Owning a new weather station is equal parts exciting and daunting. It’s exciting because you finally get to experience its benefits, and it’s daunting because it can be complicated to install.
Nevertheless, you should always make sure your weather station is installed in the right location. Although the device comes with an instruction manual, not everything is covered there. You could still end up placing your weather station under a tree, in an alley, or under an overhang where it isn’t as effective.
Today, we’ll be discussing how to properly set up your personal weather station so that it gets a good “fetch” and is able to better serve its purpose.
Personal Weather Station Installation Guide
In order for a weather station to report accurate information, it needs to be set up in a good location. You need to do some careful “siting,” which is the process of deciding where and how to install your device.
The be-all and end-all of any weather station installation project, “siting” ensures that the readings coming from your device are the most accurate. In fact, it proves to be a more influential factor in determining readings than the quality of the weather instrument itself.
As far as these smart home gadgets are concerned, errors typically have to do with thermometer sensor misplacement, which affects the temperature. Now, in this case, you will need to refer to temperature as meteorologists define it, which is: The temperature in a shaded area with sufficient ventilation.
Going by this information, you must place your weather station in an area where its thermometer sensor:
- Never gets direct sunlight
- Receives proper ventilation
- Is at least five feet above the rooftop when placed on the roof
- Is at least five feet above the surface of the grass when placed above grass
- Is at least 50 feet from the nearest pavement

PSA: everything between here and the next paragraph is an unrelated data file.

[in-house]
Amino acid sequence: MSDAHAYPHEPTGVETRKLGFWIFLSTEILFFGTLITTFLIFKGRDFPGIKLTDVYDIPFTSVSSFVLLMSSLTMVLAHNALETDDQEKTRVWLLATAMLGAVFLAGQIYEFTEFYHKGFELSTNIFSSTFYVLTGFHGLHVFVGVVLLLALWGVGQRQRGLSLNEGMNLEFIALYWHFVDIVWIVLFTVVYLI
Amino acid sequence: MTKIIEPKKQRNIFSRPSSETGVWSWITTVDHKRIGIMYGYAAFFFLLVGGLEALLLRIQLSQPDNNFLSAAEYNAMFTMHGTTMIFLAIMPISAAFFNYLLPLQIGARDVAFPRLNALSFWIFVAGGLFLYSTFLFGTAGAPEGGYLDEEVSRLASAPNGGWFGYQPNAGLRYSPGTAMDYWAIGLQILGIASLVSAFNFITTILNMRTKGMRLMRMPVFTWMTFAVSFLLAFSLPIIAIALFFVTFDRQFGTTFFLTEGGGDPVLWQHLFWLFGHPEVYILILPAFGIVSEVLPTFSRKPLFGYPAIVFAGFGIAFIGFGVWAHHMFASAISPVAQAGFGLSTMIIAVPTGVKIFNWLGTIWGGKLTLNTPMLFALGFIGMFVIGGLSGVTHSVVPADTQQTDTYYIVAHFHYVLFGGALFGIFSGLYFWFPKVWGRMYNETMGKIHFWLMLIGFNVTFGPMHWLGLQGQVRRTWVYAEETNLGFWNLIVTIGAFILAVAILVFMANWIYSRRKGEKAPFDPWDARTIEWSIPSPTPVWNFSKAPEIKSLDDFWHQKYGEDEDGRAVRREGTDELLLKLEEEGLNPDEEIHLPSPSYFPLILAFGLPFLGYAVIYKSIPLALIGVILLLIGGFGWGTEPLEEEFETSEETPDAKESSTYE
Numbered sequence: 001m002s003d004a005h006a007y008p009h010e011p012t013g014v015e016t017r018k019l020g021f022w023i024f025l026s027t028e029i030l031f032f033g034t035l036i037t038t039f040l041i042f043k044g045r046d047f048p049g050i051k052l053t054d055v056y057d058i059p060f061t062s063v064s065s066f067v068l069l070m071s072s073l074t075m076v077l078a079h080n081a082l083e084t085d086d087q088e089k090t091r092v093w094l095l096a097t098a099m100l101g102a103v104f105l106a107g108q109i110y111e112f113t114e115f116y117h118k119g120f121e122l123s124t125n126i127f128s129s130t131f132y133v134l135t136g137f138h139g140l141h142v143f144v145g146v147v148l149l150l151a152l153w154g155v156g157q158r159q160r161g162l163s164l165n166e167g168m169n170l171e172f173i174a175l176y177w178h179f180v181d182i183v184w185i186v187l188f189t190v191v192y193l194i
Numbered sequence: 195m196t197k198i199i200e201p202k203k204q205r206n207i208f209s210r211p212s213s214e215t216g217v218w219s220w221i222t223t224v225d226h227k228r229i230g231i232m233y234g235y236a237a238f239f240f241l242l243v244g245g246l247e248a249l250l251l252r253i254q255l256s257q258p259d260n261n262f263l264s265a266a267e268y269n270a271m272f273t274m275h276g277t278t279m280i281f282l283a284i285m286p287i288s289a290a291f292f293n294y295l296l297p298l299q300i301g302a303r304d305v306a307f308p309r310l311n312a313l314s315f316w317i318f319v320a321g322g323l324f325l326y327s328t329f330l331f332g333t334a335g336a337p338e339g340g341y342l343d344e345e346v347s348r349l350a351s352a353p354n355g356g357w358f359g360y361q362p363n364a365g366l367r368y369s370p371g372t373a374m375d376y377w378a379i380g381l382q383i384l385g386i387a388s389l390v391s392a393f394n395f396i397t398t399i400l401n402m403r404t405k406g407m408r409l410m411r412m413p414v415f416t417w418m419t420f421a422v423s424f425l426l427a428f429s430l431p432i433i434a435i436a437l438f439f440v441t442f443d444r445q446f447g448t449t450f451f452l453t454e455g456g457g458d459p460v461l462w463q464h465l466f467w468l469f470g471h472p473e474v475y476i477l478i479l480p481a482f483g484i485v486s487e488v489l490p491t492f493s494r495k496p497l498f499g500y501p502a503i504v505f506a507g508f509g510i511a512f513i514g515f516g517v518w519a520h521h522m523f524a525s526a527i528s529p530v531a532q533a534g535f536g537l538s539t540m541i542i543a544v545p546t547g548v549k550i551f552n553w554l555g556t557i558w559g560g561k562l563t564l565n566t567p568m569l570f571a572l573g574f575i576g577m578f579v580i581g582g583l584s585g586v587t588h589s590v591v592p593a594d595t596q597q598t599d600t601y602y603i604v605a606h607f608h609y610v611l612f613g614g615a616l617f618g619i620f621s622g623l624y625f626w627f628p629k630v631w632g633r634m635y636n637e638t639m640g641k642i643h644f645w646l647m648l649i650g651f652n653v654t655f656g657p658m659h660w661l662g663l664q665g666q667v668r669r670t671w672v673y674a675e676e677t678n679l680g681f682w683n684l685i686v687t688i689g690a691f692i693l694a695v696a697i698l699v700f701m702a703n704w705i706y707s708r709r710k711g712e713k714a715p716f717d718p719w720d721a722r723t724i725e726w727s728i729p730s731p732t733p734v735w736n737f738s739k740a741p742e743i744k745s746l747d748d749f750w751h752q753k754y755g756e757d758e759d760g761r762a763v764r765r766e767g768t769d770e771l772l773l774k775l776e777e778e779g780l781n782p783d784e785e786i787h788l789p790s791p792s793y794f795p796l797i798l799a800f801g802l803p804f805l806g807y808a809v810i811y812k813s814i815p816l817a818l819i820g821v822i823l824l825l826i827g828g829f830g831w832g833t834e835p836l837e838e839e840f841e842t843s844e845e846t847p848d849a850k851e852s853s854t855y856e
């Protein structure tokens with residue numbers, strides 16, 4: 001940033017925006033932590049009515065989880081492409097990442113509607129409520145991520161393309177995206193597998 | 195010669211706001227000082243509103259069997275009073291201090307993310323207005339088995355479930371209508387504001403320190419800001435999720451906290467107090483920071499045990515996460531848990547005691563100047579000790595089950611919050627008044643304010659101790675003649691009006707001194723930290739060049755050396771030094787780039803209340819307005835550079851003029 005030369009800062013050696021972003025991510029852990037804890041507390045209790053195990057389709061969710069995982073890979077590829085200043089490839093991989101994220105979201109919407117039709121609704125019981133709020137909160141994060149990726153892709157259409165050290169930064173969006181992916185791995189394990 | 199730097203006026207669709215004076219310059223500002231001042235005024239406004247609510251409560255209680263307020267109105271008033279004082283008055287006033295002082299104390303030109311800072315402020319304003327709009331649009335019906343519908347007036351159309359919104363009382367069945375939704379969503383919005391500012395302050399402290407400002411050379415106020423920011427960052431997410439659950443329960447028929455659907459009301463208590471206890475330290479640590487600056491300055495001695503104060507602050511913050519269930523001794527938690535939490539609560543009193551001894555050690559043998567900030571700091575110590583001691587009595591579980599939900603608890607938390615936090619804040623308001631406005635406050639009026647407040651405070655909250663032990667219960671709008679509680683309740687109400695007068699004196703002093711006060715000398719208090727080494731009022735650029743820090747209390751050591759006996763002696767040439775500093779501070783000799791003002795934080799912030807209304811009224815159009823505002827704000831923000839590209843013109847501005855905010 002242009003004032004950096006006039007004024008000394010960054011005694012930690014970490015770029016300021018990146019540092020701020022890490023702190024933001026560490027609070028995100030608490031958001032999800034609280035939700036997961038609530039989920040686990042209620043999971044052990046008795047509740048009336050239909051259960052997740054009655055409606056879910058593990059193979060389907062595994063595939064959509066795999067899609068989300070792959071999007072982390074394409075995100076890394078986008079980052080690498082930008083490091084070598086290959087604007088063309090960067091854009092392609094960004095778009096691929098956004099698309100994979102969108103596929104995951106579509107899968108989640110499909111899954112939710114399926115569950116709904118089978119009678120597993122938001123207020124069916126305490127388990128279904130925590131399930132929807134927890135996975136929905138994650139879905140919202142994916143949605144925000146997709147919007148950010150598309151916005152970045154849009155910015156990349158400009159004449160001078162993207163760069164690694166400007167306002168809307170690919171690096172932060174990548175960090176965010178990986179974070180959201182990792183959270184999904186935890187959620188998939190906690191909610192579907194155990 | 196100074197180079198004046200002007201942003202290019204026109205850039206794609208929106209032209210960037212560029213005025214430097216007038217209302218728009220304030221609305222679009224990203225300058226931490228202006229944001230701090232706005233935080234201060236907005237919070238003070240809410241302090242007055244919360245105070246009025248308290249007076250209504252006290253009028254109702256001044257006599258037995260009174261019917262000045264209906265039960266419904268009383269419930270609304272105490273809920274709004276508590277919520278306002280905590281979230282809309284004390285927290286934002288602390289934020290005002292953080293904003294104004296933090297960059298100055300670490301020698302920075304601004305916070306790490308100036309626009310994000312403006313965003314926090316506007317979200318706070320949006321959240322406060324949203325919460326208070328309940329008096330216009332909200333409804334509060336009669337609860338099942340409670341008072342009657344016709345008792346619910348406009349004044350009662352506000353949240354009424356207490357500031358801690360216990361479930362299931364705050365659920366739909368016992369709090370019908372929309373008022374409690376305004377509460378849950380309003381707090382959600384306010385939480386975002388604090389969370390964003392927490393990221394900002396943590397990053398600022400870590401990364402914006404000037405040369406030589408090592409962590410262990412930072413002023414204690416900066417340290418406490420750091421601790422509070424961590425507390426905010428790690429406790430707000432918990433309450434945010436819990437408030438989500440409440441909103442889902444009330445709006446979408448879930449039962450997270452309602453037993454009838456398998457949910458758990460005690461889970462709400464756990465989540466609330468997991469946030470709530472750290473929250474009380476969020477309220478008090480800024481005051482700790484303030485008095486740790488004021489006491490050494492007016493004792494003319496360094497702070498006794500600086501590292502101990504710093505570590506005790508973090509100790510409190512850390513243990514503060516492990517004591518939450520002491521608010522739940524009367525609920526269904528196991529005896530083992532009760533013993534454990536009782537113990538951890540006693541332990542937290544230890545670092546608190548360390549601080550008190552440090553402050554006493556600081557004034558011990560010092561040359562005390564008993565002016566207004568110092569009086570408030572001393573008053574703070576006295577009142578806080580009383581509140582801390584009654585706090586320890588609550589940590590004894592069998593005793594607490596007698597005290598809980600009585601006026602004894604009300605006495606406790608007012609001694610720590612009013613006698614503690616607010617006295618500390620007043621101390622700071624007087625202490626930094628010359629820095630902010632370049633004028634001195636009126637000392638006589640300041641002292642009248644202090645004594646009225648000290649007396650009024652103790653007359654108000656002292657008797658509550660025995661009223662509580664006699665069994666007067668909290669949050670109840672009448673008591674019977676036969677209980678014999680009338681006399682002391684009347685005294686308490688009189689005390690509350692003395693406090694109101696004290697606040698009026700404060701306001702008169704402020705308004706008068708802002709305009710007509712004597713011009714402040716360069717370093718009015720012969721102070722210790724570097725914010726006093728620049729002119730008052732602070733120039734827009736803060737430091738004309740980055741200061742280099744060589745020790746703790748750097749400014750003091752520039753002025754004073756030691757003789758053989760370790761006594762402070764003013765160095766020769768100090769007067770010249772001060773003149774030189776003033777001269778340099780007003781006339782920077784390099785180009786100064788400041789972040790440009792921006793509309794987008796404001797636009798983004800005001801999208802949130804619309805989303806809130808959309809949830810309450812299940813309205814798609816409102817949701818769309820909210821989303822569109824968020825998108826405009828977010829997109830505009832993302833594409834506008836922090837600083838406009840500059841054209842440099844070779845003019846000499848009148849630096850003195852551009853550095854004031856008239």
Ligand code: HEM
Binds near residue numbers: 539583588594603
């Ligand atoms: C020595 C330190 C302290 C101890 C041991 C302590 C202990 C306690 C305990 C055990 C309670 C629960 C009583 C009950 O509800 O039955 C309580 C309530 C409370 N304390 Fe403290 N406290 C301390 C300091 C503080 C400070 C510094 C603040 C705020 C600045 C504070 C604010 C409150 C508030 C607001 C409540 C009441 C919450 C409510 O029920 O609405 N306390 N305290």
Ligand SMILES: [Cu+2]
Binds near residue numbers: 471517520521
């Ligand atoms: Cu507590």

It is also recommended that you use a radiation shield for your thermometer sensor. In this way, your weather station can be positioned under direct sunlight with its sensor contained and protected within the radiation shield.
Consider radiation shields that have built-in fans called aspirators. These help ventilate the thermometer. Aspirators prove especially useful during hot and still days, too.
If money is an issue, instead of purchasing a radiation shield, you can mount a sheet of aluminum six inches from the sensor. This sheet should help shield the thermometer from sunlight and offer it plenty of ventilation, as well.
Measuring humidity is also a critical step in installing a personal weather station. Make sure your humidity measurements are accurate and reflect the general atmosphere specific to your location.
Remember that bodies of water, as well as plants, influence the level of humidity in a particular area. As a result, you need to position the humidity sensor at least 50 feet away from the nearest body of water or vegetation.
For the rain gauge or rain collector, you’ll want to make sure it is able to collect rainfall as if it was situated in a large, open field. The presence of nearby buildings won’t do this specific function any good because they create “shadows.”
For example, if there’s a building to the east nearby and rain is accompanied by an east wind blowing to the west, the weather station’s rain collector won’t be able to capture a good volume of falling rain because of the “shadow” of the nearby structure.
Here are a few things to keep in mind as far as the positioning of the rain collector is concerned:
- When positioning the rain collector, there should at least be a five feet clearance horizontally from the closest obstruction.
- If the obstruction is within five feet of the device, make sure that it’s no more than 10 feet in height.
The speed and direction of the wind are read by the weather station’s anemometer. Again, like the rain gauge, this part of the device should reflect wind patterns as if it was installed in a large, open field.
Here’s the rule of thumb when it comes to the anemometer’s placement:
- The anemometer should be placed as high above the ground as possible, like the rooftop. This is because standard wind measurement dictates that readings be taken at least 33 feet above the ground.
- Among all your weather station’s parts, the anemometer should have the highest elevation. There should be at least seven feet of vertical clearance from it and the nearest structural obstructions.
Not everything is covered in your weather station’s instruction manual. It may tell you how to install your device and give you an idea as to where to install it, but certain aspects may still escape you depending on where you live.
The purpose of the above information is to fill any of the gaps that may keep you from fully taking advantage of your personal weather station.